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Compiler errors

Posted on 2006-07-05
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Last Modified: 2006-11-18
Can anyone help me compile the following code?  I keep getting errors concerning the typedef definitions.  
They reference one another in such a way that it keeps throwing errors.  Can anyone correct this?  I have
been using MS Visual Studio .NET to compile the code.

#include <windows.h>
#include <stdio.h>
#include <stdlib.h>
#include <math.h>

typedef long SetStringPtr(IExample *, char *);
typedef long GetStringPtr(IExample *, char *, long);

typedef struct {
   SetStringPtr * SetString;
   GetStringPtr * GetString;
} IExampleVtbl;

typedef struct {
   IExampleVtbl * lpVtbl;
   DWORD          count;
   char           buffer[80];
} IExample;

long SetString(IExample *this, char * str);
long GetString(IExample *this, char *buffer, long length);

void
main (int argc, char *argv[])
{
      // Since the contents of IExample_Vtbl will never change, we'll
      // just declare it static and initialize it that way. It can
      // be reused for lots of instances of IExample.
      static IExampleVtbl IExample_Vtbl = {SetString, GetString};

      IExample * example;

      // Create (allocate) a IExample struct.
      example = (IExample *)GlobalAlloc(GMEM_FIXED, sizeof(IExample));

      // Initialize the IExample (ie, store a pointer to
      // IExample_Vtbl in it).
      example->lpVtbl = &IExample_Vtbl;
      example->count = 1;
      example->buffer[0] = 0;

      char buffer[80];

      example->lpVtbl->SetString(example, "Some text");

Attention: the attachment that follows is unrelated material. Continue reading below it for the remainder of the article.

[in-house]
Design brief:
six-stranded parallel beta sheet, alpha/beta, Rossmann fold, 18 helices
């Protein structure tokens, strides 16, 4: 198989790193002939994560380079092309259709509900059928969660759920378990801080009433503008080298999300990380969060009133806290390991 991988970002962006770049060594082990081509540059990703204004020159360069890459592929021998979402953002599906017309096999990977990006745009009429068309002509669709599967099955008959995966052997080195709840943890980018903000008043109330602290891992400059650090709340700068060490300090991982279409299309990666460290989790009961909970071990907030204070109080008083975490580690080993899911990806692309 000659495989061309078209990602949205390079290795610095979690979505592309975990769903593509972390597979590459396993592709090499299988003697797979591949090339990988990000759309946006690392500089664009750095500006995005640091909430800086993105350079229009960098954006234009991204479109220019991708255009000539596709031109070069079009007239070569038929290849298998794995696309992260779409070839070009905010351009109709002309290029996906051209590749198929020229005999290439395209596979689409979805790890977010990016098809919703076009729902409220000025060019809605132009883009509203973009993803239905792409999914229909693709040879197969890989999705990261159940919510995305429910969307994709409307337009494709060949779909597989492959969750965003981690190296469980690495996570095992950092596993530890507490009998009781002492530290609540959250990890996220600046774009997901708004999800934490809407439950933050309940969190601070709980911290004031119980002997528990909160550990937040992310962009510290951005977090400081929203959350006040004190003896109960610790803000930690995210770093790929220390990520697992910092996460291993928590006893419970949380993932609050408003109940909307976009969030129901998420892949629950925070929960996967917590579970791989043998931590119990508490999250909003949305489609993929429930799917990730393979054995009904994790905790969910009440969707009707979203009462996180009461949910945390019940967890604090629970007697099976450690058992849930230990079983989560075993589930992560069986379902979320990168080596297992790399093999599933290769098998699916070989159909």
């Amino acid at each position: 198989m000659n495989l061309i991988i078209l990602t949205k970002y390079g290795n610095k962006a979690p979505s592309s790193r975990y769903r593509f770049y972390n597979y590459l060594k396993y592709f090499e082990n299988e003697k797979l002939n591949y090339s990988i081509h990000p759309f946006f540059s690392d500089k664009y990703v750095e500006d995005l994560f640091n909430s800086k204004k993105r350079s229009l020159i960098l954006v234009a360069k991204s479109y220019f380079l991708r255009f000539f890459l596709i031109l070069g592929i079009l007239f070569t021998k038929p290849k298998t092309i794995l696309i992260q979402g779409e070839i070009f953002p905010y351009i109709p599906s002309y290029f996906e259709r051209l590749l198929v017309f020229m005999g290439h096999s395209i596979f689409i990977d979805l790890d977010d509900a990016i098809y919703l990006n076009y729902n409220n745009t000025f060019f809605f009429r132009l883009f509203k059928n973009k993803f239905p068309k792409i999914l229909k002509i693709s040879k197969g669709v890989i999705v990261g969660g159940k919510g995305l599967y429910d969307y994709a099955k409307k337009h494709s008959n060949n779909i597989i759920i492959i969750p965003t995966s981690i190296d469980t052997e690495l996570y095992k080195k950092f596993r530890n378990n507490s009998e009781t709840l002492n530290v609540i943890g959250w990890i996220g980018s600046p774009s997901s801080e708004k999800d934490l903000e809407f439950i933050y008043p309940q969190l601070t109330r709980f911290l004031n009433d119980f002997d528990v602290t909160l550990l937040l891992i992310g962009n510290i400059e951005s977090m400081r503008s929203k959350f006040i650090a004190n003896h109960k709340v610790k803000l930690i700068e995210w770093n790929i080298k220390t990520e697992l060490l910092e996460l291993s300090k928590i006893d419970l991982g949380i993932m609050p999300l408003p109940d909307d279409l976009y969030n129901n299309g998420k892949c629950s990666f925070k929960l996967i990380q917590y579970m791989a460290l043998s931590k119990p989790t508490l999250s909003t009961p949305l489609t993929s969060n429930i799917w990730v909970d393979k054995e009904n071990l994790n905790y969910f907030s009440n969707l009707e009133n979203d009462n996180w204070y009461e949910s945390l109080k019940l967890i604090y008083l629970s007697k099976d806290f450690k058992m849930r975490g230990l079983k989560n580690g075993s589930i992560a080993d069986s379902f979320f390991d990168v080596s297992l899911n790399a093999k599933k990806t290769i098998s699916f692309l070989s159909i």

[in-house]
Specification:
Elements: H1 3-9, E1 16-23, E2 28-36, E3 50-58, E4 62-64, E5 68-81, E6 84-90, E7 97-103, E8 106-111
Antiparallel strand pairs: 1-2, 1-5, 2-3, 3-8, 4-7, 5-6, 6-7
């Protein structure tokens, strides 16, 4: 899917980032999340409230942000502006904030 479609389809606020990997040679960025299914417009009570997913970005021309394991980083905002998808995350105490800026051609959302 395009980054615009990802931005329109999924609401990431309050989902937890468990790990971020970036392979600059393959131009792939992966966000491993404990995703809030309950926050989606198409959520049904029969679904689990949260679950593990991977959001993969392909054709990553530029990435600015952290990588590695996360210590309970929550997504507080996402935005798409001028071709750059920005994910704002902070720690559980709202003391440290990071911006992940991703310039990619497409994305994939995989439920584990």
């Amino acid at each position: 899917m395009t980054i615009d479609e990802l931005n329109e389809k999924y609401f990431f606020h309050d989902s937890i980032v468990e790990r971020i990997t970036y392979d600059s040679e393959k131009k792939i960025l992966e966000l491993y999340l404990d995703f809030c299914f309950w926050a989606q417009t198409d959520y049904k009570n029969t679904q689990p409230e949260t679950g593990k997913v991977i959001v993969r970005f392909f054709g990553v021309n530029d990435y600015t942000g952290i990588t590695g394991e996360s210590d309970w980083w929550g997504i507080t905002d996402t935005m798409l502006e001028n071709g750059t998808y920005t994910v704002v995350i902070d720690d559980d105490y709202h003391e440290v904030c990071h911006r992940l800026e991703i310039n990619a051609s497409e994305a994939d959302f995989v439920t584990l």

example->lpVtbl->GetString(example, buffer, sizeof(buffer));

      exit (0);

} // main

long SetString(IExample *this, char * str)
{
   DWORD  i;

   // Let's copy the passed str to IExample's buffer
   i = lstrlen(str);
   if (i > 79) i = 79;
   CopyMemory(this->buffer, str, i);
   this->buffer[i] = 0;

   return(0);
}

long GetString(IExample *this, char *buffer, long length)
{
   DWORD  i;

   // Let's copy IExample's buffer to the passed buffer
   i = lstrlen(this->buffer);
   --length;
   if (i > length) i = length;
   CopyMemory(buffer, this->buffer, i);
   buffer[i] = 0;

   return(0);
}
0
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Question by:jtrades
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10 Comments
 
LVL 12

Expert Comment

by:rajeev_devin
ID: 17048484
What is IExample ?
Where it is defined ?
0
 
LVL 12

Expert Comment

by:rajeev_devin
ID: 17048492
Sorry I didn't read the code properly
0
 
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Accepted Solution

by:
rajeev_devin earned 250 total points
ID: 17048512
Corrected code

#include <windows.h>
#include <stdio.h>
#include <stdlib.h>
#include <math.h>

struct IExample_;

typedef long SetStringPtr(IExample_ *, char *);
typedef long GetStringPtr(IExample_ *, char *, long);

struct IExampleVtbl_ {
   SetStringPtr * SetString;
   GetStringPtr * GetString;
};

struct IExample_{
   IExampleVtbl_ * lpVtbl;
   DWORD          count;
   char           buffer[80];
};

typedef struct IExample_ IExample;
typedef struct IExampleVtbl_ IExampleVtbl;

long SetString(IExample *obj, char * str);
long GetString(IExample *obj, char *buffer, long length);


void
main (int argc, char *argv[])
{
     // Since the contents of IExample_Vtbl will never change, we'll
     // just declare it static and initialize it that way. It can